J. H. Wood Award

The Storm
Narrow Escape Of A Steamer At South Shields
A Sad Accident At The Pier

This afternoon, about half-past two o'clock, in a strong squall of wind and rain, the signal guns alarmed the whole neighbourhood. Immediately there was a treading of many feet to the South Pier, where, in a few minutes, thousands of people repeated the scene of 8 days ago—gained the pier to find that their errand had been bootless, and that only steamer riding in the safe waters of the narrows was to be seen. It appears that the screw-steamer Firdene was entering the river when it was noticed that she had got rather too far to the southward. Those on the look out at Tynemouth, possibly imagining that a stranding was to be momentarily expected, gave the signal, and the guns were fired The steamer, however, never got beyond the possibility of a touch on the pier; she was brought safely to the channel, and entered safely. The life brigade were down in force, and two lifeboats were launched.


A sad accident, caused in great measure by the crush of spectators on the pier, occurred while crowds were watching an incoming schooner, the Maggie A. Two lads, the one about fourteen years of age, the second, somewhat younger, were washed over the pier into the water. A heavy surf was running, but it did not deter the gallant attempt being made to rescue the unfortunate lads. Mr J. H. Wood, a member of the Brigade, and Mr J. R. Dixon, of Newcastle, sprung into the sea, and each caught one of the drowning lads. A line was thrown, but the people ashore foolishly attempted to draw the rescuers and their charges up the jetty instead of to the pier side. The consequence that Mr Wood, bearing the older lad, and exhausted by his brave efforts to keep himself and the boy afloat, could not stand the strain, and was obliged to let go the poor fellow. Mr Swainston attempted to get hold of the drowning lad, but was unsuccessful. The little fellow rescued was taken by kindly hands to the Brigade-house, and had wants attended to.

The Maggie A, a light schooner, was watched with some anxiety as she entered the Tyne this afternoon. She got rather far to the southward, but, being well handled, made a safe entrance.

Source: Shields Daily Gazette 24 October 1885

I BEG to RETURN my sincere THANKS to the two gentlemen (Mr Wood and Mr Dixon) who so nobly rescued my son from Drowning at the Pier on Saturday last; and also for the attention given to him by the Members of the Life Brigade while he was in their hands.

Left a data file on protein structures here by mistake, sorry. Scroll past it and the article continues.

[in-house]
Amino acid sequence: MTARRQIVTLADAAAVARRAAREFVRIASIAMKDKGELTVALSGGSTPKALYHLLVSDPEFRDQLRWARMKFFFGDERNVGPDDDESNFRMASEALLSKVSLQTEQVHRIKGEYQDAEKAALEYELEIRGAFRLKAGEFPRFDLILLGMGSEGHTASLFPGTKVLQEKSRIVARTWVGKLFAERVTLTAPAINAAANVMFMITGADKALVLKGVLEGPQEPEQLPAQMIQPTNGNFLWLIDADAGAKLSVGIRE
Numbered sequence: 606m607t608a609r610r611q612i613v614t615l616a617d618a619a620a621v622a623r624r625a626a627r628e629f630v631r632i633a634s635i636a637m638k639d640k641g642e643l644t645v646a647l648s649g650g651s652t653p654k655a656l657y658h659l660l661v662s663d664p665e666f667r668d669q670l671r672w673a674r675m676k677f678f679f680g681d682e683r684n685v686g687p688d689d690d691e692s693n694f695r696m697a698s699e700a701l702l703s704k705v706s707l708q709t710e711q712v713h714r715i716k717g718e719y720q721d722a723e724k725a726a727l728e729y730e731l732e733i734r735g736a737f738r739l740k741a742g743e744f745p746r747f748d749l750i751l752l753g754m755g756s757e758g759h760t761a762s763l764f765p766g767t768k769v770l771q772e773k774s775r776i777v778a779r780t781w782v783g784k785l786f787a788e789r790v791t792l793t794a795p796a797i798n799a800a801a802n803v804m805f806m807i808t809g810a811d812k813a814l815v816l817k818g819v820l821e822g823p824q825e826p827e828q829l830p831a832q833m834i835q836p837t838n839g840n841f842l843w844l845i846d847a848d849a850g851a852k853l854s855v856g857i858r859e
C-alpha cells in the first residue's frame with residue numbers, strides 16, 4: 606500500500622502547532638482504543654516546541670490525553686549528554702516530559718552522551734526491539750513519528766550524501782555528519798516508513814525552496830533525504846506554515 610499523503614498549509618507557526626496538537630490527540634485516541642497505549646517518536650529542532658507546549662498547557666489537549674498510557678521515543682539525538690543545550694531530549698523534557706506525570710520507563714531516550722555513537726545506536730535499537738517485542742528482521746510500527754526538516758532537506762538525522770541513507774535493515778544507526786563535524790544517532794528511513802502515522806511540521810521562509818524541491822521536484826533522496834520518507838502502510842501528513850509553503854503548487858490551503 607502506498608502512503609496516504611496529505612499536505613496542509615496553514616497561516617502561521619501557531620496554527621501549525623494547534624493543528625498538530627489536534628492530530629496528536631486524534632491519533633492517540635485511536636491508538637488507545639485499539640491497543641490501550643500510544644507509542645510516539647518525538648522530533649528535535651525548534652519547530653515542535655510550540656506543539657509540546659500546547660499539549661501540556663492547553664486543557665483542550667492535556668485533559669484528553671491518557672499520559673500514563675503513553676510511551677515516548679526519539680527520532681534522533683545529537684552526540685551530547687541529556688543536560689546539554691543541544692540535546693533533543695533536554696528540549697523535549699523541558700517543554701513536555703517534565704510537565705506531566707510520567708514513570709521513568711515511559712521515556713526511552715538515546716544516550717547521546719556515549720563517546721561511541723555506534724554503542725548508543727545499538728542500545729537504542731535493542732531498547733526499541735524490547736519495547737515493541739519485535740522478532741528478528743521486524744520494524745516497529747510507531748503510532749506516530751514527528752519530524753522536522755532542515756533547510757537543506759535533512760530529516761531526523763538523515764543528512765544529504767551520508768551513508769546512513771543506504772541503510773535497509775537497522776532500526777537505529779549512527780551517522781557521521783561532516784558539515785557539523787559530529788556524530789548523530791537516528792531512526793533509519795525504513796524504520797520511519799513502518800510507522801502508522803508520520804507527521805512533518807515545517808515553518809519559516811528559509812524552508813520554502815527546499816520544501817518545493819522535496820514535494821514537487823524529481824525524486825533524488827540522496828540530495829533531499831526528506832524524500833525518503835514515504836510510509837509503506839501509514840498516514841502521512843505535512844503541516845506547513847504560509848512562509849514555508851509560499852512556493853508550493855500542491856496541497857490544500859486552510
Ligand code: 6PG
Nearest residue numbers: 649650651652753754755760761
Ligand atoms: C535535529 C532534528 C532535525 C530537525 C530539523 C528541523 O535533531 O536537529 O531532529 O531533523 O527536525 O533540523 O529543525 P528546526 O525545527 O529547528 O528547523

Keppel Street, South Shields 26th October

Source: Shields Daily Gazette 26 October 1885

The chief point of interest in the proceedings was the presentation of a bronze medal and vellum certificate from the Royal Humane Society to Mr John Henry Wood, member of the South Shields Life Brigade, and Captain Joseph Ralph Dixon, of Brandling Park, Newcastle, for distinguished bravery at the South Shields pier during the great storm of October 24th last. It will be remembered that two lads were swept off the pier by a heavy sea. The gentlemen named gallantly plunged into the water to the rescue. One boy was saved, but the other was drowned. A detailed account the adventure was published in the Gazette at the time. The Mayor, who made the presentation, said that Mr Wood was member of the Brigade, of whom, he was proud to say courage and heroism had been the chief attributes. They were banded together to save life, and nobly had it done its work whenever the chance came. The courage displayed by Wood and Mr Dixon was of high order—it combined both the physical and the moral. He hoped that both gentlemen would be spared with strength to perform similar work. (Applause)— The Mayor then made the presentations amidst applause, after which a hearty vote of thanks was accorded to him for doing so. Mr Dixon, we are informed, was awarded a certificate by the Spanish Government for saving a young lady from drowning at Bilbao, in 1882 and also with a gold ring by the parents of the lady. Mr Wood was warmly congratulated by his friends after the receipt the certificate and medal.

Source: Shields Daily Gazette 16 January 1886